Interview by Eva Campos Suárez to Elke Reinhuber
It’s the first time we try to make experience people the 360º vision of a screendance, and I have to say that when I watched your film, quickly I used my virtual glasses to enjoy it completely. How come the idea to create it like this? Have you already done this before?
Yes. Well, sort of. I was working with panoramic photographs and multiple projections already earlier. As I was working on my PhD thesis about the abundance of choices which we might face, the difficulty to make decisions and the retrospective considerations of alternatives, I was fascinated by the iconography of Hercules at the Crossroads, who had to choose between the easy path of vice and the steep and rocky road of virtue.
Therefore I was looking at forking paths and found an impressive array of intersections in the garden of Versailles in France. However, presenting it as panoramic photographs (with multiple vanishing points to add a choice in viewing directions), did not feel sufficient.
As I discovered the panoramic laboratory at ZKM (Centre for Art and Media) in Karlsruhe, Germany in 2012, I simply fell in love with the form of presentation: it felt like I was back inside the gardens and I could even animate the intersections, to open up and close again the diverse pathways to new possibilities. However, the most interesting aspect of DECIDOPHOBIA was forcing the audience to decide in which direction to look – just like in the real garden.
The visual representation was completed by voices which expressed their confusion in eight different languages, coming from all directions. Since then, I worked on several projects specifically for the immersive cylindrical 360° environment, also exploring the physical impact on the audience. Though, it was difficult to present the work in any other format.
After I started working in Singapore, I discovered the Yunnan Garden: the forking path structure and the pavilions which provide a view in all directions were just the perfect setting for a new piece and I embraced the possibility to work with spherical videos immediately.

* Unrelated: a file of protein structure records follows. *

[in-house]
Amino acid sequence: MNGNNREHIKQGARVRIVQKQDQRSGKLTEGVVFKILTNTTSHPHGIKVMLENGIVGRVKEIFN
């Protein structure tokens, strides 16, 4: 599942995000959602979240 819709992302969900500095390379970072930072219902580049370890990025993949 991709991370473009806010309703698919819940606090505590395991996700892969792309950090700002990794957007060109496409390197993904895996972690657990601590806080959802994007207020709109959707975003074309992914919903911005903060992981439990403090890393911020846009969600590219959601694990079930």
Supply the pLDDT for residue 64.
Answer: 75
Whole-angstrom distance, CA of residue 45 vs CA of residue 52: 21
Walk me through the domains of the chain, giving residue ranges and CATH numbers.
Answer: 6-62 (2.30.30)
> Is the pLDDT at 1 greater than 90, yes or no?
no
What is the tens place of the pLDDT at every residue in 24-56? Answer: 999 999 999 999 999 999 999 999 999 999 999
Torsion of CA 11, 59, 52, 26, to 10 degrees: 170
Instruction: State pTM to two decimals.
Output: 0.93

What is the most difficult thing to do with a 360º film? Did you have any problem during the shooting?
We were able to record several test shots with a consumer camera (Ricoh Theta), which offered a preview and also the ability to render the files much faster. For our choreographer, Susan Sentler, it was a real challenge as it was the first time she had to work for a non-existing audience without the constraints of a stage or cinematic frame – everything was visible, no suggested viewing direction, no centre! During the shooting, we were hiding behind trees and had to rely on the judgement of the dancers, if a take was satisfying.
I was really amazed by the landscape…
The Yunnan Garden is on the campus of NTU (Nanyang Technological University) in Singapore where I currently research and teach. It was created in 1955 and as it is right now undergoing major redevelopment, I had the desire to capture an impression of being inside the garden. But also, it felt like the ideal environment with the forking paths and pavillion for 360° video.
Can you tell me a little bit about your key cast and the choreographer?
Susan Sentler has a long experience in teaching and choreographing in an arts-related context. As we did not know how long the garden will remain in its back then state, Susan selected four of her experienced dance students from LaSalle College of the Arts and started immediately to rehearse in the studio. The garden is remotely located in Singapore so we did not have the chance to rehearse more than once in the garden itself.
Inspired by the layout of the garden, the four dancers are representing the cardinal directions and are dressed in vibrant colours, relating to in Chinese mythology: North is symbolised with a white tiger, East an azure dragon, South is represented by a vermilion bird and West by a black tortoise.
What is screendance or videodance for you? Will you experiment new ways to show dance on a screen?
I was collaborating earlier with German choreographer Tim Plegge on a ballet production for the enormous platform of the Badisches Staatstheater, Karlsruhe and I hugely enjoyed how the projected image and the dancers on stage complemented each other. My aim would be to engage the audience in a 360° environment to start to perform and move – to encourage a seated audience to get up and become a mobile spectator.
Secret Detours has also been displayed on a large panoramic video-wall on which the dancers appear larger than life-size. It is a pleasure to see passers-by walking next to the screened performers.
We have tried many different forms of presentation so far and in my opinion, the cylindrical environment still works best, followed by the dome, because multiple audience members can share an embodied experience.
I could see you had funding for this project, how did you manage to get it!? Normally in screendance world it is difficult to have it.
The dance video was proposed as the first part of a bigger research project in which we are exploring how the impression of being inside the garden could be represented in Virtual Reality.
Thank you very much again for answering me the questions! Do you have a website or social networks where we can follow you?